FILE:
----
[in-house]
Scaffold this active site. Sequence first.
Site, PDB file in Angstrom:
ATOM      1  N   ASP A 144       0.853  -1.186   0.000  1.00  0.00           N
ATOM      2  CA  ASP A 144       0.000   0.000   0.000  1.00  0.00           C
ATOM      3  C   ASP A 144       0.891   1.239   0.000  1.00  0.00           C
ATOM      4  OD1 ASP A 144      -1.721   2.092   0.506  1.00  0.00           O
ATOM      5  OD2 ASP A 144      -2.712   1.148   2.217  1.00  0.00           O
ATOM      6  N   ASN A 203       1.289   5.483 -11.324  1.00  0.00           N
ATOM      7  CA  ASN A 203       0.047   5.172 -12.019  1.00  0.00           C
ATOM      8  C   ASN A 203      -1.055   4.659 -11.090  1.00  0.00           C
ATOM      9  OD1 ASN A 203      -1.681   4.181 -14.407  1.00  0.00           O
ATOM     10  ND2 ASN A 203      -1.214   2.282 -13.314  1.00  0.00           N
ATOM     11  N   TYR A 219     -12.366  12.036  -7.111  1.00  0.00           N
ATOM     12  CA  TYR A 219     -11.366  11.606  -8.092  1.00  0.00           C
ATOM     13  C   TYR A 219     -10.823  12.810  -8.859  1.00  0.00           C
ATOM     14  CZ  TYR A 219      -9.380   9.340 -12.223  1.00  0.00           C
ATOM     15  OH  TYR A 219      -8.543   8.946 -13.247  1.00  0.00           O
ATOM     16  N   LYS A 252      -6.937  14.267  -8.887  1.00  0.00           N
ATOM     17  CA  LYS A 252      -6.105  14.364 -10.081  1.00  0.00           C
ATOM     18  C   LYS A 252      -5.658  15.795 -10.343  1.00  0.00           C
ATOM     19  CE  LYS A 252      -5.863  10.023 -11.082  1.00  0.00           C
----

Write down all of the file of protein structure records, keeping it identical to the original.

[in-house]
Scaffold this active site. Sequence first.
Site, PDB file in Angstrom:
ATOM      1  N   ASP A 144       0.853  -1.186   0.000  1.00  0.00           N
ATOM      2  CA  ASP A 144       0.000   0.000   0.000  1.00  0.00           C
ATOM      3  C   ASP A 144       0.891   1.239   0.000  1.00  0.00           C
ATOM      4  OD1 ASP A 144      -1.721   2.092   0.506  1.00  0.00           O
ATOM      5  OD2 ASP A 144      -2.712   1.148   2.217  1.00  0.00           O
ATOM      6  N   ASN A 203       1.289   5.483 -11.324  1.00  0.00           N
ATOM      7  CA  ASN A 203       0.047   5.172 -12.019  1.00  0.00           C
ATOM      8  C   ASN A 203      -1.055   4.659 -11.090  1.00  0.00           C
ATOM      9  OD1 ASN A 203      -1.681   4.181 -14.407  1.00  0.00           O
ATOM     10  ND2 ASN A 203      -1.214   2.282 -13.314  1.00  0.00           N
ATOM     11  N   TYR A 219     -12.366  12.036  -7.111  1.00  0.00           N
ATOM     12  CA  TYR A 219     -11.366  11.606  -8.092  1.00  0.00           C
ATOM     13  C   TYR A 219     -10.823  12.810  -8.859  1.00  0.00           C
ATOM     14  CZ  TYR A 219      -9.380   9.340 -12.223  1.00  0.00           C
ATOM     15  OH  TYR A 219      -8.543   8.946 -13.247  1.00  0.00           O
ATOM     16  N   LYS A 252      -6.937  14.267  -8.887  1.00  0.00           N
ATOM     17  CA  LYS A 252      -6.105  14.364 -10.081  1.00  0.00           C
ATOM     18  C   LYS A 252      -5.658  15.795 -10.343  1.00  0.00           C
ATOM     19  CE  LYS A 252      -5.863  10.023 -11.082  1.00  0.00           C